There were torrential rain storms along the Costa del Sol on the weekend, a lady drowned in the basement of a strip club in Malaga. She used her cell phone to call for help but the rescue team failed to save her. Media pictures of the water in the streets were really disturbing. You would never imagine such an event had taken place today.
This is Thursday.
Our hotel cannot be reached by car, the restaurant and some rooms face the beach and the lobby is on a very narrow street. With no traffic the area is quiet and easy to walk.
There is a roof deck overlooking the Mediterranean right outside our room.
We were too early for check in but the front desk looked after our luggage and we spent the next few hours having coffee, walking on the beach and watching dogs and kids play in the sand.
A drum band was performing. Dec 8 is a holiday in Spain. There were two holidays this week so hotels have been in high demand. Constitution Day on 6 Dec and Feast of the Immaculate Conception on the eighth.
We have only heard one native English speaker since we arrived in Spain.

People do not pick up after their dogs on the beach where owners allow them to run off leash. Needless to say you keep a close eye on where you step if you venture out on the sand!!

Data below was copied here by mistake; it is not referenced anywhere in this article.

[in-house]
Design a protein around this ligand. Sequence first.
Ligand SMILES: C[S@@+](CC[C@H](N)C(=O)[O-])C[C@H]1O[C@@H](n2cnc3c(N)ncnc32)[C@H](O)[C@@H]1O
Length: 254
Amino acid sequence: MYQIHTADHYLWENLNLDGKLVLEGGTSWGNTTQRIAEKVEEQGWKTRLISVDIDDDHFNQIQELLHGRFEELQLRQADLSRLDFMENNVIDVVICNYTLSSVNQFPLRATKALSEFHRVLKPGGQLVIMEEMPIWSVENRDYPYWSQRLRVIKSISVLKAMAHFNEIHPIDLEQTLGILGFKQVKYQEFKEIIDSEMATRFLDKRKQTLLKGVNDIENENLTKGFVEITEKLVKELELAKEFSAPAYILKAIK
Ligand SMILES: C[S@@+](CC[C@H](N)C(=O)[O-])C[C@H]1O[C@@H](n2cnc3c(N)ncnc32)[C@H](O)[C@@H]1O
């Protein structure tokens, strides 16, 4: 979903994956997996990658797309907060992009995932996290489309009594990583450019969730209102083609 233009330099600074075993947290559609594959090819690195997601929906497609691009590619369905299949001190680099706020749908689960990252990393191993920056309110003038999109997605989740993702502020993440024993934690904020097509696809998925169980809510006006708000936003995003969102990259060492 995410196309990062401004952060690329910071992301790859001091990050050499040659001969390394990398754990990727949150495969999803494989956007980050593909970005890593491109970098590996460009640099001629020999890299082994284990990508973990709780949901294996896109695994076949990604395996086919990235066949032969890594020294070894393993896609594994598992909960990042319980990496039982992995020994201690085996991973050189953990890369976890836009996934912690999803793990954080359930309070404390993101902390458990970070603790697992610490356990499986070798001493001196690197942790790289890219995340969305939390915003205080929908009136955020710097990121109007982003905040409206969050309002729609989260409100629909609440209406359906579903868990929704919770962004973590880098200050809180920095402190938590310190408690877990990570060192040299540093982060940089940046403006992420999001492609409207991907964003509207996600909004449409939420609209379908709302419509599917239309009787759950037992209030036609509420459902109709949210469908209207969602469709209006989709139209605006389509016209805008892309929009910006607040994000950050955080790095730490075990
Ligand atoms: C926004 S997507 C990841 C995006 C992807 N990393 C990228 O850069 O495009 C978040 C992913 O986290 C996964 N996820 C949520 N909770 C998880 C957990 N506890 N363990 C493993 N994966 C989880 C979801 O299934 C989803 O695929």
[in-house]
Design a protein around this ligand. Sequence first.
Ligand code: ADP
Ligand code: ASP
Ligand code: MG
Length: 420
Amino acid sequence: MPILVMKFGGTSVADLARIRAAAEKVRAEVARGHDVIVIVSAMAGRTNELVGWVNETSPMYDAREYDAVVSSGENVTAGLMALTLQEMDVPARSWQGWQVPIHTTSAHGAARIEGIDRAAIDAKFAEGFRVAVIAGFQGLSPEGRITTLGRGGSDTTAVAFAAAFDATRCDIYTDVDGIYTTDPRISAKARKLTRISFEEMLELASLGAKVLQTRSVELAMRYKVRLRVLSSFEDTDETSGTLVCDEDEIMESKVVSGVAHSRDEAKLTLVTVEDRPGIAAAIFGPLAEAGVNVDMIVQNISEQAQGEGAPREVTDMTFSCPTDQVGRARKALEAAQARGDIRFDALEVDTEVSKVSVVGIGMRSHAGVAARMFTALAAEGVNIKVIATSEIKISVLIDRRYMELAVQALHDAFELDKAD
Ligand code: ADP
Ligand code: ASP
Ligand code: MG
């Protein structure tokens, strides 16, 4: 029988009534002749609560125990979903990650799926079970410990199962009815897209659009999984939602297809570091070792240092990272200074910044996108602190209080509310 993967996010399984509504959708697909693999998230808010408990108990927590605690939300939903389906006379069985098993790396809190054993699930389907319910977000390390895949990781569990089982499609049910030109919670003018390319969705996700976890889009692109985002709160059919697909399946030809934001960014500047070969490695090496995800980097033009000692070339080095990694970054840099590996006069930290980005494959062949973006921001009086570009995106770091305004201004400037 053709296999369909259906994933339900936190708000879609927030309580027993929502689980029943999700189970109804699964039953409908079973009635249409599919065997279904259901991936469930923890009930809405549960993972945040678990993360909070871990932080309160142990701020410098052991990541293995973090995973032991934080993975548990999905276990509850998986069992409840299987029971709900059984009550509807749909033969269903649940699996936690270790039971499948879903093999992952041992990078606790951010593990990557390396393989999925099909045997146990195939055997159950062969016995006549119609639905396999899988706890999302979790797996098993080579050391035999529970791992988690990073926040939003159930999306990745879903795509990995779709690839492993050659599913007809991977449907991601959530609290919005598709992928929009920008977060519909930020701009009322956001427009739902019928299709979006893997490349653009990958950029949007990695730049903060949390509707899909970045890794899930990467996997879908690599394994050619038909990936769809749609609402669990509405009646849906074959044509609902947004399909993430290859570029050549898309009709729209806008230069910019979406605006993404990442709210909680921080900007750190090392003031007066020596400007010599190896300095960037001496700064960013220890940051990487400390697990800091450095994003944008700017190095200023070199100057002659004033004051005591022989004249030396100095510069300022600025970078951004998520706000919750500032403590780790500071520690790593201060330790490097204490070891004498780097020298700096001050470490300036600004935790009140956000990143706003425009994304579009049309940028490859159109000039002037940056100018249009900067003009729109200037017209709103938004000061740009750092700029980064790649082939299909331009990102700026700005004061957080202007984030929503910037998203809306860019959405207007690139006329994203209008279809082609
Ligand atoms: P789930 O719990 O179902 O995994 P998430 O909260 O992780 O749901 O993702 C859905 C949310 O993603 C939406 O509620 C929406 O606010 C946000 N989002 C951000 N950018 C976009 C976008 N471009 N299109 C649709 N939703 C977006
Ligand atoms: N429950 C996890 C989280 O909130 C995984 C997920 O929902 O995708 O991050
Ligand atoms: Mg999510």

The government in some cities is attempting to educate the public about poop scooping. The theft of a giant inflated dog turd commissioned by the municipality to remind pet owners to 'pickup' made international headlines.
However I digress because this was in Torrelodones near Madrid, not in Malaga.
Apparently in the summer months more of an effort is made to keep dogs off of beaches in the Costa del Sol.
The name of the beach in front of our hotel is

It is a popular city beach, six coves, a playground and fine sand.
There is a view of the harbour, very pleasant, with a good mix of locals, students and tourists. For me it is lovely in mid December. It must be wall to wall people in the summer when you can actually swim. Great for kids. The dog poop worries me though.
There is no shortage of restaurants. What is not apparent is a souvenir shop. Nice to be at a place where tourists are not so abundant!!